Drug Addiction - Chemistry and the Brain
Professor Trevor Robbins explains that drug addiction involves chemical and neural processes with dopamine and the nucleus accumbens particularly important.
Well the whole process of addiction is a very complicated one. Addiction to drugs probably occurs at several levels - the cellular/biochemical level, and the neural or brain systems level. We know now how most of the drugs of abuse or addiction actually impact on their initial molecular targets in the brain. We know what the targets are and we know where they are. The important thing, however, to understand is what happens as the drug is given chronically, that is to say repeatedly, and how the brain adapts molecularly to this chronic process. Some people think that as a consequence of chronic drug-taking, certain genes are expressed which changes the functions of the nerve cells in that domain, in that area, perhaps permanently and leads to behavioral patterns that are very rigid hard to change. At another level, the brain systems level, we know that many of these drugs of abuse work ultimately, probably through the dopamine system, as it projects to a structure in the base of the forebrain called the nucleus accumbens. However, although the nucleus accumbens may be the initial site of which drugs of abuse exert their effects, perhaps producing highs and euphoria, as the drug is given chronically, over a long period, the effects of the drug spread to other areas of the brain which we think enhance automatic behaviors including drug addiction, drug-seeking behaviors.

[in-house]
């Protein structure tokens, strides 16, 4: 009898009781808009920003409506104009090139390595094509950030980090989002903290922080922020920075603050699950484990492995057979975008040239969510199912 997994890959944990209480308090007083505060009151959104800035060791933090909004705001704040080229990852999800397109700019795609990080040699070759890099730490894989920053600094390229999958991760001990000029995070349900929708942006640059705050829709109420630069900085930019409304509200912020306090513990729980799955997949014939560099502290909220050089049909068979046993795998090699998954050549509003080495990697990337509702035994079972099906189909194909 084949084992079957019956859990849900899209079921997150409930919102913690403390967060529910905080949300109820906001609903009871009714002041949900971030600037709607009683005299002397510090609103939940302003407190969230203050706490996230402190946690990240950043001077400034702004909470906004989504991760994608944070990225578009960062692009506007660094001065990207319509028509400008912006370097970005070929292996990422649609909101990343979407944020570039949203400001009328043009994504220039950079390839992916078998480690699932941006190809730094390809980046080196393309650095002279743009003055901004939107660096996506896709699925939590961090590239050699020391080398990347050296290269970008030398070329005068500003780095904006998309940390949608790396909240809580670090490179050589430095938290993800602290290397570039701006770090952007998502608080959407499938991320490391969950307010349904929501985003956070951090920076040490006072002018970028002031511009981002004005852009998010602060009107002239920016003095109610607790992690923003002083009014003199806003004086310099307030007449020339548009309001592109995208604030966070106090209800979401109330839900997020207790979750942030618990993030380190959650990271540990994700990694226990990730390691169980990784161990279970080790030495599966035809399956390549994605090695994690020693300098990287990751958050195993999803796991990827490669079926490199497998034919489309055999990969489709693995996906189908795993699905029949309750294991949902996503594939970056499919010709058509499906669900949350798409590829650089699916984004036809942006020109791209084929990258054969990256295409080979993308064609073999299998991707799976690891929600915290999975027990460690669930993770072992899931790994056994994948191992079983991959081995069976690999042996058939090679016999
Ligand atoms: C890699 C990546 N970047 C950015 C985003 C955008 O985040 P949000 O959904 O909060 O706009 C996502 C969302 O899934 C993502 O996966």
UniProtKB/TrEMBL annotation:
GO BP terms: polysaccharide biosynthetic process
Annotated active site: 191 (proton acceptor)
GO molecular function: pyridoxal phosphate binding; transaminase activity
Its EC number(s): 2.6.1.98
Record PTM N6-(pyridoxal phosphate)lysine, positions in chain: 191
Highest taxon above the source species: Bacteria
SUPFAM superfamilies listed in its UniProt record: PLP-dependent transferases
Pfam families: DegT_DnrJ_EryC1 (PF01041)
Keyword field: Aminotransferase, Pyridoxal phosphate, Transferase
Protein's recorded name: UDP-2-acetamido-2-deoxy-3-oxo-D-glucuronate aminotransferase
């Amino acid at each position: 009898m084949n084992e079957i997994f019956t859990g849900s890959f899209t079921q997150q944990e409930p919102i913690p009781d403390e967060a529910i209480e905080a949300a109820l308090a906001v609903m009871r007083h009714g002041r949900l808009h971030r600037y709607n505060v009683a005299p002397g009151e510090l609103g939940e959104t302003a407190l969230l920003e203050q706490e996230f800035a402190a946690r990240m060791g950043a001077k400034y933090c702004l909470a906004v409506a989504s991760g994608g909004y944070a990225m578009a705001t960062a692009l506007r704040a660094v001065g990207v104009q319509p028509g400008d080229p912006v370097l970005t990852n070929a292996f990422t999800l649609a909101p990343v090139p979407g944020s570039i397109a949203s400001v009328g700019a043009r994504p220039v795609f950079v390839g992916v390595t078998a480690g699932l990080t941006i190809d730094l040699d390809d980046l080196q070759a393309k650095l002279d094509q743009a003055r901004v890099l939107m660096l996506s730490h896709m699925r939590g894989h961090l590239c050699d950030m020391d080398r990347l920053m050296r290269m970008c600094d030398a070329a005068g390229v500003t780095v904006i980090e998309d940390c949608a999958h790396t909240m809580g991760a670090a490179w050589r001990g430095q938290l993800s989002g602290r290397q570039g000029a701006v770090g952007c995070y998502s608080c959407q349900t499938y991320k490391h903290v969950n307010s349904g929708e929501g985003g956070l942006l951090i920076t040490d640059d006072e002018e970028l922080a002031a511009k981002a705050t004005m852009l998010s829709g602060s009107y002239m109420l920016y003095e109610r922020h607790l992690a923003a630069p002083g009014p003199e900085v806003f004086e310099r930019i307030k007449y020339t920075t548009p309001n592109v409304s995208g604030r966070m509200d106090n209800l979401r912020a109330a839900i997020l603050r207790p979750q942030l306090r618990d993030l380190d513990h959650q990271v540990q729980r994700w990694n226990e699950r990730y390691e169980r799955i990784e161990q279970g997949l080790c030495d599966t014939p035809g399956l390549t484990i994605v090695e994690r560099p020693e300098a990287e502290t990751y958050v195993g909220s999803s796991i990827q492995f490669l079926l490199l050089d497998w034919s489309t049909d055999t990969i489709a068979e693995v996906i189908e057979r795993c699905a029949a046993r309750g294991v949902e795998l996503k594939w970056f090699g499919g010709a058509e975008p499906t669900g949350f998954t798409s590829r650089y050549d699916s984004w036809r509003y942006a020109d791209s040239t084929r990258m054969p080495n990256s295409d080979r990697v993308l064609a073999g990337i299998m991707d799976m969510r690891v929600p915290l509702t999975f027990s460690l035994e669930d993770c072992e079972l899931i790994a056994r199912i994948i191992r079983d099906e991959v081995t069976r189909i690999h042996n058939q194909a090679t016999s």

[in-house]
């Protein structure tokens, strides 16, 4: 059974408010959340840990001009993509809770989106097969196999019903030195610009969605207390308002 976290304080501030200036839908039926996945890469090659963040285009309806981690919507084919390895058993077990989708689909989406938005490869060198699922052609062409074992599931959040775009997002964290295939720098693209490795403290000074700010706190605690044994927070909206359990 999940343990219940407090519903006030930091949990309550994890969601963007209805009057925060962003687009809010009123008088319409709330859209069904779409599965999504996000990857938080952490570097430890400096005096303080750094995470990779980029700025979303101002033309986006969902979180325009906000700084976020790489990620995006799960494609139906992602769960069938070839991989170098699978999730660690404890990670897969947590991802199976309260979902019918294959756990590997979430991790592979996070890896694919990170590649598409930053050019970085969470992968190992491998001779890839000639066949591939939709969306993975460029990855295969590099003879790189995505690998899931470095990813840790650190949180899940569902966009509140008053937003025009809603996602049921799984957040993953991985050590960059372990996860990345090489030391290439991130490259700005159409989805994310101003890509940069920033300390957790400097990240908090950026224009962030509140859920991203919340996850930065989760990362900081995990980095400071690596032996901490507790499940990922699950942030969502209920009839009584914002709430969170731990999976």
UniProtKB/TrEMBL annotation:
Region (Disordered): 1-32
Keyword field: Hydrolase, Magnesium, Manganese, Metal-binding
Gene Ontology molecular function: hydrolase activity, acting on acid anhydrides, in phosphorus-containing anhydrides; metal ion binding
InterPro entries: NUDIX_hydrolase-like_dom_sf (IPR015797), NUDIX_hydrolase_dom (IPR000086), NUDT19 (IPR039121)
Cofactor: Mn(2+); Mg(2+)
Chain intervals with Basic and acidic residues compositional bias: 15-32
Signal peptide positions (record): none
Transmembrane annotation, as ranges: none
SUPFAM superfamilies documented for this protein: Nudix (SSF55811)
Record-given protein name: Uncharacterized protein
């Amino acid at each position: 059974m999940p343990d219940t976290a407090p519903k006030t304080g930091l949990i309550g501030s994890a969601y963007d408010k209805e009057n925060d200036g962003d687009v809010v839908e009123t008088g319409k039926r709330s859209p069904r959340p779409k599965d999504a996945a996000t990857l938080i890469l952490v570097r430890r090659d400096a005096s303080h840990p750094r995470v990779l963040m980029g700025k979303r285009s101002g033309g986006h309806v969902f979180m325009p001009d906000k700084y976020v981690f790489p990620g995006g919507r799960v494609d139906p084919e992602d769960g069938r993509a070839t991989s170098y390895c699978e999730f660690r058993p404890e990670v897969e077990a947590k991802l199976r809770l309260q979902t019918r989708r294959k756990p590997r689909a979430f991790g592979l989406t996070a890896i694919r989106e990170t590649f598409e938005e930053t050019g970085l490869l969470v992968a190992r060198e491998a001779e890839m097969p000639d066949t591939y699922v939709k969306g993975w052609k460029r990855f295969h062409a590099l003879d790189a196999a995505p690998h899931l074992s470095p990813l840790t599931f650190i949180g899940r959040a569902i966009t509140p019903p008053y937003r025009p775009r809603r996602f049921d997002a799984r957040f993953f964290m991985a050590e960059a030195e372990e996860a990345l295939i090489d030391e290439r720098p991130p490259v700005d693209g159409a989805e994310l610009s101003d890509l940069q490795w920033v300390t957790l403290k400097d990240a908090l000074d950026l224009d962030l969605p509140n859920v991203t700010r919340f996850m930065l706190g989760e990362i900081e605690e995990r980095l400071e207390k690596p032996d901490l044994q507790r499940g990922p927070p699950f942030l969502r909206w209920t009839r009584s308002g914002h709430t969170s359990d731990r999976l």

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Professor Trevor Robbins explains that the reward system, where dopamine mediates messages to the nucleus accumbens, is artificially activated by certain drugs.
Professor Trevor Robbins explains that the dopamine system is a group of cells originating in the midbrain whose function may be to prepare the brain to think, move, and anticipate rewards.
Doctor Jon Lieberman discusses three neurotransmitters that have been associated with depression - dopamine, serotonin, and norepinephrine.
Professor Trevor Robbins discusses ADHD in relation to noradrenaline and dopamine, both of which are enhanced by ADHD medications such as Ritalin.
Professor Trevor Robbins discusses the function of a set of structures called the basal ganglia, which seem to be involved in response selection.
The idea that drug addiction is a result of 'learning gone wild' was bolstered by several reports.
Doctor Abraham Zangen point out that dopamine and BDNF levels in the nucleus accumbens and hippocampus of depressed patients are different. Treatment with antidepressants or ECT can impact these differences.
Professor Trevor Robbins discusses how positron emission tomography (PET) works to provide detailed images of brain structure and chemistry.
Professor Trevor Robbins discusses whether ADHD is a disorder of the noradrenaline system.
Doctor Larry Young discusses how vasopressin and oxytocin contribute to the reward system, which can promote behavior such as bonding and drug addiction.